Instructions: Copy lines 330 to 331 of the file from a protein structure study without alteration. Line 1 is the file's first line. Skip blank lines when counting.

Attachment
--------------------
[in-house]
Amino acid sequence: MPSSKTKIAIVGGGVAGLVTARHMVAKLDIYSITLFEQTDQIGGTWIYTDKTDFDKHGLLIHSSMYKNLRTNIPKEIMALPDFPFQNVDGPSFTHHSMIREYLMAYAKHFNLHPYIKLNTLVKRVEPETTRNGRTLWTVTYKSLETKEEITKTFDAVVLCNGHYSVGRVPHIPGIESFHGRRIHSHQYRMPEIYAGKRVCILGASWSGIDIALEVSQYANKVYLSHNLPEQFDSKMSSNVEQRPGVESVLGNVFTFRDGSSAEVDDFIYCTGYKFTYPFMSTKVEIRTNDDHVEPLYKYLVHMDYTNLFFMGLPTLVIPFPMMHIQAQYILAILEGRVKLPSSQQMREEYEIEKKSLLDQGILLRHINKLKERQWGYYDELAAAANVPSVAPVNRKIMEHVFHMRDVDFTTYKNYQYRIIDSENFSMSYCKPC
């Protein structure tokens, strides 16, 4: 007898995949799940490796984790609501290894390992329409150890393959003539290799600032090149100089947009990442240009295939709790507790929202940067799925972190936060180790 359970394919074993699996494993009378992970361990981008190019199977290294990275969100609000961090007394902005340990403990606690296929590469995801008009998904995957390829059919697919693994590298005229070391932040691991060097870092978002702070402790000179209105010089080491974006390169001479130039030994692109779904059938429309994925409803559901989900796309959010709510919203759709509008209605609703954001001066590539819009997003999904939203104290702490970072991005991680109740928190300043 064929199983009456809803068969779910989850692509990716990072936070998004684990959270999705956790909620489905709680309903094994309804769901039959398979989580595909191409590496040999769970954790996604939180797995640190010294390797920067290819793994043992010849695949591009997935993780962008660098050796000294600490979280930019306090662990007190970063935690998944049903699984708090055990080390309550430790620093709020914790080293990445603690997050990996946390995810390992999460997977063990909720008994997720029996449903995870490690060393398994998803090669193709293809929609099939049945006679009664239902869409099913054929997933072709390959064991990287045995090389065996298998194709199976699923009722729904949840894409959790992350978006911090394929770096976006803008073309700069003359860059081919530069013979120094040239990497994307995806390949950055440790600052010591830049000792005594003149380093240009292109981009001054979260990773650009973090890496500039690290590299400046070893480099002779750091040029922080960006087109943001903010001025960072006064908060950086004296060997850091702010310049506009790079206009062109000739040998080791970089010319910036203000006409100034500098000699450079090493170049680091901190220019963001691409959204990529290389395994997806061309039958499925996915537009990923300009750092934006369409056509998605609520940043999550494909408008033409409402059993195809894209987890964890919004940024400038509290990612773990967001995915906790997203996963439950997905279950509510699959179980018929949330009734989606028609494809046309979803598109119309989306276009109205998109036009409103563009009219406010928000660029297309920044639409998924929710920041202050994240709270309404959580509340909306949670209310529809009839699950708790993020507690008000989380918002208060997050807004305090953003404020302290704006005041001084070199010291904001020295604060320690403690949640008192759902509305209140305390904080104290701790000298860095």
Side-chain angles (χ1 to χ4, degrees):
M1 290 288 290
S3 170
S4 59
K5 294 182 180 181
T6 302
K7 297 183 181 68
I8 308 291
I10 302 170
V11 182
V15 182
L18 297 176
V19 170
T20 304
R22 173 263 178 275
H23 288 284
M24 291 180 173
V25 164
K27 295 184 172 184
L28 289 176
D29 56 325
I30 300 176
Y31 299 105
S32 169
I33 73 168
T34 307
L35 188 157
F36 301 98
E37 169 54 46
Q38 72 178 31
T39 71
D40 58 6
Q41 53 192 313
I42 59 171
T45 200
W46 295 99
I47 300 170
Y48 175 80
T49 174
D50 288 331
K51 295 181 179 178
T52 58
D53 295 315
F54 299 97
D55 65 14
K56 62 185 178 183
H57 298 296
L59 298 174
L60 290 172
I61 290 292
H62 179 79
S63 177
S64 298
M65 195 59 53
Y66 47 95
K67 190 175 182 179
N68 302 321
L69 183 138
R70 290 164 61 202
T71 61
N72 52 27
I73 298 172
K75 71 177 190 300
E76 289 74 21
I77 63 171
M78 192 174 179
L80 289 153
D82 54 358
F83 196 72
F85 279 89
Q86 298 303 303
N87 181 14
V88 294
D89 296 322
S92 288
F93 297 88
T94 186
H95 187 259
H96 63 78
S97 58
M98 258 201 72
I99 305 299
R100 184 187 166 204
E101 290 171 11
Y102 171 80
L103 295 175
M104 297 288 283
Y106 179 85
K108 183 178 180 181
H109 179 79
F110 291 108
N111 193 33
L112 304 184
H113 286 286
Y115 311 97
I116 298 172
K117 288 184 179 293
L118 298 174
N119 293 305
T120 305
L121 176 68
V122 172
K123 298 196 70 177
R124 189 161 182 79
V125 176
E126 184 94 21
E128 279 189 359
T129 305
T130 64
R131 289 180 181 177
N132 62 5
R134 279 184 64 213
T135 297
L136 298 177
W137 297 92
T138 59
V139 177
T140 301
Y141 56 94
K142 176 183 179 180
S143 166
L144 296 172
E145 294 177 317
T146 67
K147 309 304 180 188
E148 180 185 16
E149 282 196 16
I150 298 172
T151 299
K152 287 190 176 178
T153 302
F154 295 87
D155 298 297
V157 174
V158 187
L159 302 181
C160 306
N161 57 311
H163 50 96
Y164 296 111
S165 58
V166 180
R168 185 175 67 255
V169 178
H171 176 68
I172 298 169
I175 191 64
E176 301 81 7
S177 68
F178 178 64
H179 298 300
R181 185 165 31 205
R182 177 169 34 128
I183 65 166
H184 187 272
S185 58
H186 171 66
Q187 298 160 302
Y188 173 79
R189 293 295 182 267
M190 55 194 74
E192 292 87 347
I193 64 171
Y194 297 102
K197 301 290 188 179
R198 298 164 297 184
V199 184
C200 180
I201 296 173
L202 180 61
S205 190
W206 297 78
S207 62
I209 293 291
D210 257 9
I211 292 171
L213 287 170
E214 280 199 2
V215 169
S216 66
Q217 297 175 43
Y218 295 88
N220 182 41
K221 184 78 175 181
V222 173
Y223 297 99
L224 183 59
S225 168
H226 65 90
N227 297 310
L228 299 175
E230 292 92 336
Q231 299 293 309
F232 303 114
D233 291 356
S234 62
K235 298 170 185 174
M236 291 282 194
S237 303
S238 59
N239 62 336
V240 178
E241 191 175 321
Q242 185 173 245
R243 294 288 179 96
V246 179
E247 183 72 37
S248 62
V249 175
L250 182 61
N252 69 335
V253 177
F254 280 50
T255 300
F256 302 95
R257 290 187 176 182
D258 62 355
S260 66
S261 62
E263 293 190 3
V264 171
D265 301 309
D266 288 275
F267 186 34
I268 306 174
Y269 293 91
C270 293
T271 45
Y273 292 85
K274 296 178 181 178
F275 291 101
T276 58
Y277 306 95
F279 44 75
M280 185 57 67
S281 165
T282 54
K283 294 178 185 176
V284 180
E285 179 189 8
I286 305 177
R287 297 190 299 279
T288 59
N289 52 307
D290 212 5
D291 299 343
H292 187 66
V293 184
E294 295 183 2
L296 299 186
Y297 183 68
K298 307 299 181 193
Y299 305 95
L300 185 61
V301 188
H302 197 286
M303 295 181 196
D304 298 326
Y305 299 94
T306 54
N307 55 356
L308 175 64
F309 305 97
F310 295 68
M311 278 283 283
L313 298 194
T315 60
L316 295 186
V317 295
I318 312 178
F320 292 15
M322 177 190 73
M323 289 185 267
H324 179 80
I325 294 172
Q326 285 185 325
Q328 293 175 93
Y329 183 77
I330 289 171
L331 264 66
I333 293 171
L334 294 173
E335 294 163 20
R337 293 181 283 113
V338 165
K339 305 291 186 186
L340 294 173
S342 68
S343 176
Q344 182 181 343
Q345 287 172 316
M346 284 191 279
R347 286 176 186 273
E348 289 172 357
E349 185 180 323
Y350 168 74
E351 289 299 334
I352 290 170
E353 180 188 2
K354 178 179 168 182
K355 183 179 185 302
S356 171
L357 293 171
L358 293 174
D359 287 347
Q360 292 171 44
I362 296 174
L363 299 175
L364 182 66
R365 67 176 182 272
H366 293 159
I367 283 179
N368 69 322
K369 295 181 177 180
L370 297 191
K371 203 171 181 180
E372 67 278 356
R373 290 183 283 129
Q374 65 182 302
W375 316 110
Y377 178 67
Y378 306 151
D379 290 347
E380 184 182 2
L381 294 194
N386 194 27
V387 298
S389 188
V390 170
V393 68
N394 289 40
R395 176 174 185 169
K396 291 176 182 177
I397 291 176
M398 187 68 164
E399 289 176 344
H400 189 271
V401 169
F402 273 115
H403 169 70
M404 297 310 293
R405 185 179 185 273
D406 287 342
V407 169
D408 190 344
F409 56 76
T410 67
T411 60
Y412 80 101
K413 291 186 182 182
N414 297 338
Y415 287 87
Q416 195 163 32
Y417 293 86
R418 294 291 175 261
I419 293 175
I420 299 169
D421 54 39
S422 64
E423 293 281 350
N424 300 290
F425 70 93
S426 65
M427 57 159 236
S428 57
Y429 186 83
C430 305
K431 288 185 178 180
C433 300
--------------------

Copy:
V387 298
S389 188